To use labor cost sheets in the manner described is of course an immense saving of labor as compared with the individual posting to cost sheets of a charge for each separate operation. Where every operation that is credited to a workman is posted to a cost sheet, the complete distribution of the pay-roll is assured in a manner that is not accomplished in the first place by the use of labor cost sheets. The check upon the pay-roll, and upon its distribution in the cost accounts, has however to be obtained in some way, and the way adopted is this: The pay-rolls are analyzed, as they should be in any case and even regardless of cost accounts, first as between departments, and next as between piece labor, and productive day labor; and ledger accounts for these divisions of the pay-roll are set up either in the general ledger, or in a subsidiary manufacturing ledger, according to the volume of the operations and the way the bookkeeping is arranged. This gives us one side of the figures that we want to compare. In the next place, an analytical summary is made of all the cost sheets for the product, that is to say, the sheet upon which the cost sheets are summarized has a considerable number of columns, including columns for the piece work and the productive day work in each of the departments. The cost sheets, which are summarized weekly or monthly, are further summarized on a similar form for the season; and so it will be seen that the totals of, for instance, the stitching room piece labor, and the stitching room productive day labor, as taken up in the cost accounts by means of the labor cost sheets, are arrived at, and are available for comparison with the corresponding figures accumulated in the ledger accounts from the analysis of the succeeding weekly pay-rolls throughout the season,
Now while I have not as yet done it in any case, I am satisfied that something parallel to this can be accomplished in relation to the machinery charges. If in the first place, the annual cost of each machine is determined, as in the case of machine tools in a machine shop, the annual expense can be reduced to a daily expense, and a fair daily output for each machine can be calculated, and a price can be put upon each operation, that is, a machine rate for each operation exactly as there is a labor price for each operation. The labor cost sheet could then be made into a labor and machine expense cost sheet, and against each operation would be put not only the piece price, or the calculated day-labor cost, but in an additional column the calculated machine rate for the operation; and these machinery charges would be summarized in the same way that labor taken up in the cost accounts is summarized, and would be credited against the actual machinery expenses in the various departments, exactly as is done with the machine rates taken up in machine shop cost accounts.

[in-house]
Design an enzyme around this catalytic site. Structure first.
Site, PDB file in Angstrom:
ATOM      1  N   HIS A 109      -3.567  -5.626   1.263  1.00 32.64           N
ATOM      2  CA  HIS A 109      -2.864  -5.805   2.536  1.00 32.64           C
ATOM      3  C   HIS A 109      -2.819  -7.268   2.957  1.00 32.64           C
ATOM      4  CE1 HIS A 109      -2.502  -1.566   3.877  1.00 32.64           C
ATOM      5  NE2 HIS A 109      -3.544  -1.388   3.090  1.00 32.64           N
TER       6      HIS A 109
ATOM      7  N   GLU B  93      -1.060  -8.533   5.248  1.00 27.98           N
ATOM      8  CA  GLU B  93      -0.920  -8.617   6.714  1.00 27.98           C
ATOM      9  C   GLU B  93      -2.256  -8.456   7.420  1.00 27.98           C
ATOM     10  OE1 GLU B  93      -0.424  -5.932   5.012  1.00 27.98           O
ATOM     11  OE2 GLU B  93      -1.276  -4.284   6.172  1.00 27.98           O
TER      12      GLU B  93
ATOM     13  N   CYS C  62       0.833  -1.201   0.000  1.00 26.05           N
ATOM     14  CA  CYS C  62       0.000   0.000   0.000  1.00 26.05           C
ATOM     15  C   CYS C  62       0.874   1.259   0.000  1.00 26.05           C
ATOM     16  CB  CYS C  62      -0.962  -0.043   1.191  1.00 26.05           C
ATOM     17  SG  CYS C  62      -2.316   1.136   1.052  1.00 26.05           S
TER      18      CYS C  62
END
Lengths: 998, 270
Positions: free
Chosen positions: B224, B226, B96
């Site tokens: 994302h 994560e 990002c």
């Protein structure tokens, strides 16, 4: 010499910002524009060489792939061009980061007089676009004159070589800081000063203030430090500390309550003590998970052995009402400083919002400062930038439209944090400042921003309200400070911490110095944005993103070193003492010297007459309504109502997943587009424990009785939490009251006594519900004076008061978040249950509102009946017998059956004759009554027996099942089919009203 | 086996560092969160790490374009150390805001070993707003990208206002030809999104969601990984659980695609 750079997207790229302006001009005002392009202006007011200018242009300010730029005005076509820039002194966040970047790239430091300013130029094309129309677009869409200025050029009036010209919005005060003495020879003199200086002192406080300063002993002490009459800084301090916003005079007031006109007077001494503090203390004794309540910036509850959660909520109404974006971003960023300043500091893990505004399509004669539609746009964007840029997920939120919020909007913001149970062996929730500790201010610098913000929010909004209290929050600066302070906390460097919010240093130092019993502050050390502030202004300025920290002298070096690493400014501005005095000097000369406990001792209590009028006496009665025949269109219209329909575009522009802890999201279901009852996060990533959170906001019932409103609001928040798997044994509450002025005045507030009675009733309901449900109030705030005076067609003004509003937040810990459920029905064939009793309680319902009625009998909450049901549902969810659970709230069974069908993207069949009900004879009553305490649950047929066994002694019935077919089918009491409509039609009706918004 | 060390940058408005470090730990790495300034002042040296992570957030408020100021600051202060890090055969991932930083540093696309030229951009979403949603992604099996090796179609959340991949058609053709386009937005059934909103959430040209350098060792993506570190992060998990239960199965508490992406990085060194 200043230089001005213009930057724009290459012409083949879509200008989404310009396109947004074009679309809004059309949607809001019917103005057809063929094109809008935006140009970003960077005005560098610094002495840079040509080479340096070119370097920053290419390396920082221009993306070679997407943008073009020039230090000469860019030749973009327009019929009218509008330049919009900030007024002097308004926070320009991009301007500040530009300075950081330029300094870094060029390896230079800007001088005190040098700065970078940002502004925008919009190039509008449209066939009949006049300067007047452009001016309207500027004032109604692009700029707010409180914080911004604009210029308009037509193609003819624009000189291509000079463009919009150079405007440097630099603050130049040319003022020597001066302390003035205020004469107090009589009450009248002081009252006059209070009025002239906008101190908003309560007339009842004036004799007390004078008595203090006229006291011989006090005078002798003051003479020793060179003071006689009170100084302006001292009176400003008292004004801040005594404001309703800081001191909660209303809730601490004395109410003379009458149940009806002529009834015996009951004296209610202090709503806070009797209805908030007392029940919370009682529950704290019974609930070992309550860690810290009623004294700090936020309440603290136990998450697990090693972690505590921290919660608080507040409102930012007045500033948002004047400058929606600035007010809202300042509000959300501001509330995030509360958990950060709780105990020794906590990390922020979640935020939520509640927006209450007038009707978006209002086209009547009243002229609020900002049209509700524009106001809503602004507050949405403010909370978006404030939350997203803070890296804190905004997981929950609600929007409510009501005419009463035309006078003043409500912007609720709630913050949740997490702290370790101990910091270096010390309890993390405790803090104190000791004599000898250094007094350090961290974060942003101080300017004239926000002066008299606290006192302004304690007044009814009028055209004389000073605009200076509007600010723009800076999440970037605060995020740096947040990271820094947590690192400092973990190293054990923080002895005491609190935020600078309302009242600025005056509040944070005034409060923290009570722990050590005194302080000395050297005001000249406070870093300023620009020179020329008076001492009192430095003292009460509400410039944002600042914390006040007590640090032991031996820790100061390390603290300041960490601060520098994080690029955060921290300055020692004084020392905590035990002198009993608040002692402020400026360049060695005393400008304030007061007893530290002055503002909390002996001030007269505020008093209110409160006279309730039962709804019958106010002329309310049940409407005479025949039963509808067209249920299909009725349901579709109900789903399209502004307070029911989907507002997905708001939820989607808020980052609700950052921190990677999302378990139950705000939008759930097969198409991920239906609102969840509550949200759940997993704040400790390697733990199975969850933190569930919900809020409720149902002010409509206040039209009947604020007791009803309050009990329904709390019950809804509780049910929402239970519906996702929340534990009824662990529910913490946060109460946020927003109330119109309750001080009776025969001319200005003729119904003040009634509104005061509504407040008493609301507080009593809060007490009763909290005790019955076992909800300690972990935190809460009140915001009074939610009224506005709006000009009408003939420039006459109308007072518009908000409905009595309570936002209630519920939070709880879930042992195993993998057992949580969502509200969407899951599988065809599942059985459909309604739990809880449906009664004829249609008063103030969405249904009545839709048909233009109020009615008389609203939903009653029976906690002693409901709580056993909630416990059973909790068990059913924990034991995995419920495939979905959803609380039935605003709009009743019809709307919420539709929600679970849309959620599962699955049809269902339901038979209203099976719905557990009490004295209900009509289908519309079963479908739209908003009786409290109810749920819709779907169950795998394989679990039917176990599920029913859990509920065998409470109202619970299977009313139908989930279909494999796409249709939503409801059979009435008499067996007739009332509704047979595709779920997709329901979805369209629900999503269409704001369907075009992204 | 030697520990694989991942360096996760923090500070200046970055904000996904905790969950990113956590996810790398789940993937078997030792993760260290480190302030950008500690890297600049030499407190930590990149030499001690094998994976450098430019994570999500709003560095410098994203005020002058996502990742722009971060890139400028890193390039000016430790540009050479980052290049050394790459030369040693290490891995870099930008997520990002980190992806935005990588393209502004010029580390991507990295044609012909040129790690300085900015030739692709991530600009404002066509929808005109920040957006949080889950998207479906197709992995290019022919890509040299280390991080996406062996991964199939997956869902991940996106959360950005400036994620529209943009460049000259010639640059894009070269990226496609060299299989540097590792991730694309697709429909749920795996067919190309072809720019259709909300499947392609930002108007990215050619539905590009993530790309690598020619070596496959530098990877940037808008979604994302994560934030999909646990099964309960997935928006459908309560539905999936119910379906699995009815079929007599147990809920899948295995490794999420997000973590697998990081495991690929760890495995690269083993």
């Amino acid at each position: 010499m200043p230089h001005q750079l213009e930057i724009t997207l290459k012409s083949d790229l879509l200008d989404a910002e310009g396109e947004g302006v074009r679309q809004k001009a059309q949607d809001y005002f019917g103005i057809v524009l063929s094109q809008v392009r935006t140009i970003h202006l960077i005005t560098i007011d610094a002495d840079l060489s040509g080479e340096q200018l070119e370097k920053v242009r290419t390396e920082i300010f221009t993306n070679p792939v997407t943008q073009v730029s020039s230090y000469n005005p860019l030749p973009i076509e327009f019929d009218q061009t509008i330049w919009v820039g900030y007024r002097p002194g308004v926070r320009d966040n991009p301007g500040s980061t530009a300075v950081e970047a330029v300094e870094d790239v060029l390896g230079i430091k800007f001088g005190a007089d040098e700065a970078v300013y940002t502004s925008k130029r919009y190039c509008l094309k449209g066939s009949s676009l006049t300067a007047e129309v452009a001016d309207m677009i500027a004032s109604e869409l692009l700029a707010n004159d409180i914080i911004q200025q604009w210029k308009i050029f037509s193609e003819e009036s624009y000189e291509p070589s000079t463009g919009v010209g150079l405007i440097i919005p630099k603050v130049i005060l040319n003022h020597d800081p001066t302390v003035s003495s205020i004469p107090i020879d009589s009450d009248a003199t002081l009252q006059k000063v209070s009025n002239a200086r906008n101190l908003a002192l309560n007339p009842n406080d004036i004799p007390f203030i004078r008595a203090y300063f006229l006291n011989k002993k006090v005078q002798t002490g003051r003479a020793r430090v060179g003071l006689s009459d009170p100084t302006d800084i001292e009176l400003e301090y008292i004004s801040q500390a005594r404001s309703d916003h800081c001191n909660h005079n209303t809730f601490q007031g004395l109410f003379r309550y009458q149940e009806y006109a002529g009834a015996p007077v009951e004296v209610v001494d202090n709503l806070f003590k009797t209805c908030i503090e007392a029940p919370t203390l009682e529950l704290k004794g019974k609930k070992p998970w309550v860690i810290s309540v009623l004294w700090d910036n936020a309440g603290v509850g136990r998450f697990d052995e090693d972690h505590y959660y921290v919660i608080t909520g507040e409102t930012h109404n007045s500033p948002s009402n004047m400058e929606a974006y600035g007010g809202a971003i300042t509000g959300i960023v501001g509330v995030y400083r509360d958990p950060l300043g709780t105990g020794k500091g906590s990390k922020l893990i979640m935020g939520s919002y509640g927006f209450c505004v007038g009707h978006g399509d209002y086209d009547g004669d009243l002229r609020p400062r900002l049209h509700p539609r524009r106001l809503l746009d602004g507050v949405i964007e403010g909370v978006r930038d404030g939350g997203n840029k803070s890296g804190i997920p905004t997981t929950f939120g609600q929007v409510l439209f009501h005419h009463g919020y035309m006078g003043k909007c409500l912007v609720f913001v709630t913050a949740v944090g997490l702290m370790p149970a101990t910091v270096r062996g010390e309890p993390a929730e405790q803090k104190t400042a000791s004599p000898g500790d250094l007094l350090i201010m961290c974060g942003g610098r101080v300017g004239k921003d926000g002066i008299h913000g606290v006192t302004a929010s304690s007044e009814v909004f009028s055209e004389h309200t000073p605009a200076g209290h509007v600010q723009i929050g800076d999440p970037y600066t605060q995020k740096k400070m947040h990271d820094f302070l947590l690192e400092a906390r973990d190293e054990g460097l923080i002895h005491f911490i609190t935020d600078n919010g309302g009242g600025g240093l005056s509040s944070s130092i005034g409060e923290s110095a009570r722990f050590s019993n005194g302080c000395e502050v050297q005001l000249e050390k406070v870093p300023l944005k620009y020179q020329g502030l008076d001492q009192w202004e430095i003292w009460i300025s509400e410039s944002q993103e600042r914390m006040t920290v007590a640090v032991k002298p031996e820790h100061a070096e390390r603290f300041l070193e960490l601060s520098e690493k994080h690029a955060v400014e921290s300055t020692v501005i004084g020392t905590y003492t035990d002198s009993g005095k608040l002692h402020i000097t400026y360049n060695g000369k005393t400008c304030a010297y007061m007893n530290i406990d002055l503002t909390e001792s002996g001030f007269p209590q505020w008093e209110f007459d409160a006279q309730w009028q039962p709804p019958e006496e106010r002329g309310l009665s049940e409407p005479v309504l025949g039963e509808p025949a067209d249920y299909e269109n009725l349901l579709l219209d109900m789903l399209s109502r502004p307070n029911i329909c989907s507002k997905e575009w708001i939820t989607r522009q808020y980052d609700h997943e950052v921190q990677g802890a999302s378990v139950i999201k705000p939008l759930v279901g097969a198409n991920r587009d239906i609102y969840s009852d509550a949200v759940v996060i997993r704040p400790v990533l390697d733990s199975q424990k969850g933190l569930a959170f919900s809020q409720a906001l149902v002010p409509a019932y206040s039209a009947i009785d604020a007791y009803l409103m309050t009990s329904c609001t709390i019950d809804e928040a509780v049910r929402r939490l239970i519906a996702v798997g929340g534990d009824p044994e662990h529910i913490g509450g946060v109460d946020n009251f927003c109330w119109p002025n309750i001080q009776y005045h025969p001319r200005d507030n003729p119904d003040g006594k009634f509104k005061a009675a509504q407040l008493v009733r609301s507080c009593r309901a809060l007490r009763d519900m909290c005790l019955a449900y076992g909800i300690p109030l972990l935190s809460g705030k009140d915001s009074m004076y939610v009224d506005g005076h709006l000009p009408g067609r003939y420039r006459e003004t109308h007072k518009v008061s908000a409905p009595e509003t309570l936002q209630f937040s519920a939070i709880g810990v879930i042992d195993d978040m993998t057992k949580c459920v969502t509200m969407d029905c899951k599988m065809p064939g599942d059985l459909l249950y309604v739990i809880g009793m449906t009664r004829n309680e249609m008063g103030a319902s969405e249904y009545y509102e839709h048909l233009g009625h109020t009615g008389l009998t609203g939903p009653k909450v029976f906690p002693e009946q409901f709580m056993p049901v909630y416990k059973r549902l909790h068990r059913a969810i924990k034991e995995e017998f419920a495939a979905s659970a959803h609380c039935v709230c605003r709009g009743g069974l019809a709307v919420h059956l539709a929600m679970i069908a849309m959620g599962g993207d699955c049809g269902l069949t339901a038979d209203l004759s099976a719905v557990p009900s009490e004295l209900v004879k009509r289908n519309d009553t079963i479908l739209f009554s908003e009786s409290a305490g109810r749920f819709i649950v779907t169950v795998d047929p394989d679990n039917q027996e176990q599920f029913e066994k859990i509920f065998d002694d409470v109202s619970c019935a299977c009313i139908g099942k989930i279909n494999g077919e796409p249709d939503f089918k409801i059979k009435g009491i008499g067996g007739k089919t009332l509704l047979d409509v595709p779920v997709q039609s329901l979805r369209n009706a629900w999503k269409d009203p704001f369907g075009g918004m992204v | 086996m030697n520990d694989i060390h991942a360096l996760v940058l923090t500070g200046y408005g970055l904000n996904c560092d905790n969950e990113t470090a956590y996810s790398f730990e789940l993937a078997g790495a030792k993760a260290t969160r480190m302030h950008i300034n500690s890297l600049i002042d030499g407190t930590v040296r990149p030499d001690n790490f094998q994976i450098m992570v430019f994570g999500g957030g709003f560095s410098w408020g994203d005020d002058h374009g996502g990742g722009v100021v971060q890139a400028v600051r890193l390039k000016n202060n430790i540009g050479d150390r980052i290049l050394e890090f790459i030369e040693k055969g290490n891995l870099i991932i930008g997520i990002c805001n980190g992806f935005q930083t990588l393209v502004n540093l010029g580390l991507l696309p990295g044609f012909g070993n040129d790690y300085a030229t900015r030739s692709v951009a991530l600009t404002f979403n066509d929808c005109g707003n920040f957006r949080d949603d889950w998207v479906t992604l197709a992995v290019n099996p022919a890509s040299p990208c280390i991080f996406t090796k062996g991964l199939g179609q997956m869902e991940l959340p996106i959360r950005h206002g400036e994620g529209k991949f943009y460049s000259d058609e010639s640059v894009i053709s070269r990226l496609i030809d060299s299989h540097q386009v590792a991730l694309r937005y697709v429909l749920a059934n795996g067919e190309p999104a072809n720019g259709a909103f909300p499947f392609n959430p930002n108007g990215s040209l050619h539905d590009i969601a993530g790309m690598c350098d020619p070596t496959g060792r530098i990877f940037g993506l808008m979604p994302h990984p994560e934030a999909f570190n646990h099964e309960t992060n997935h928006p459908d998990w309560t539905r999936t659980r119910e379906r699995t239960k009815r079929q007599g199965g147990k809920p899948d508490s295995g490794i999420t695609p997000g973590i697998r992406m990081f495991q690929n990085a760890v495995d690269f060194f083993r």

In a single hour it is of course not possible to talk very fully or very descriptively concerning the cost accounts of an important industry. I have tried to outline the cost accounts of the shoe manufacturing industry, and to show where the methods of cost accounting in this industry must vary from the methods that I have described in the machinery manufacturing industry, and at the same time to show that there is throughout a distinct and intelligible relationship between the two.
The Adjustment of Partnership Accounts.
BY LEO GREENDLINGER, B. C. S. The English Partnership Act of 1890 defines a partnership as " the relation which subsists between persons carrying on a business with a view of profit.”
The New York Statute provides: “A partnership as between the members thereof is the association, not incorporated, of two or more persons who have agreed to combine their labor, property and skill, or some of them, for the purpose of engaging in any lawful trade or business and sharing the profits and losses as well between them."
While the two definitions are synonymous, the latter for accounting purposes is clearer; and in treating the subject of “Adjustment of the Accounts of Partnership” it is of greater importance, inasmuch as the language of the latter assists in the solution of problems.
In no branch of accounting (Executors' Accounts excepted) is a knowledge of law so essential, as in the adjustment of partnership accounts. It is to be regretted that, in some instances, the law is so framed that modern principles of accounting cannot be applied—unless upon agreement by the partners—without a violation of the law. From the formation to the dissolution one must necessarily be guided by the Statutes, and it is right at the formation of the partnership that proper care must be taken to obey the law and at the same time not to defeat the objects of the partnership, or, what is more important, to carry out the exact intentions of the partners. This phrase, “to carry out the exact intentions of the partners," suggests the necessity of a written rather than an oral agreement. The Statute of Frauds requires the agreement to be in writing only when the partnership is to continue for more than one year, but business men now recognize the necessity for such an agreement to be in writing, regardless of the time that the partnership is to last.
To frame such an agreement, to protect the interests of all
* Submitted to the Faculty of New York University School of Commerce, Accounts and Finance in fulfillment of the requirements for the degree of Master of Commercia Science.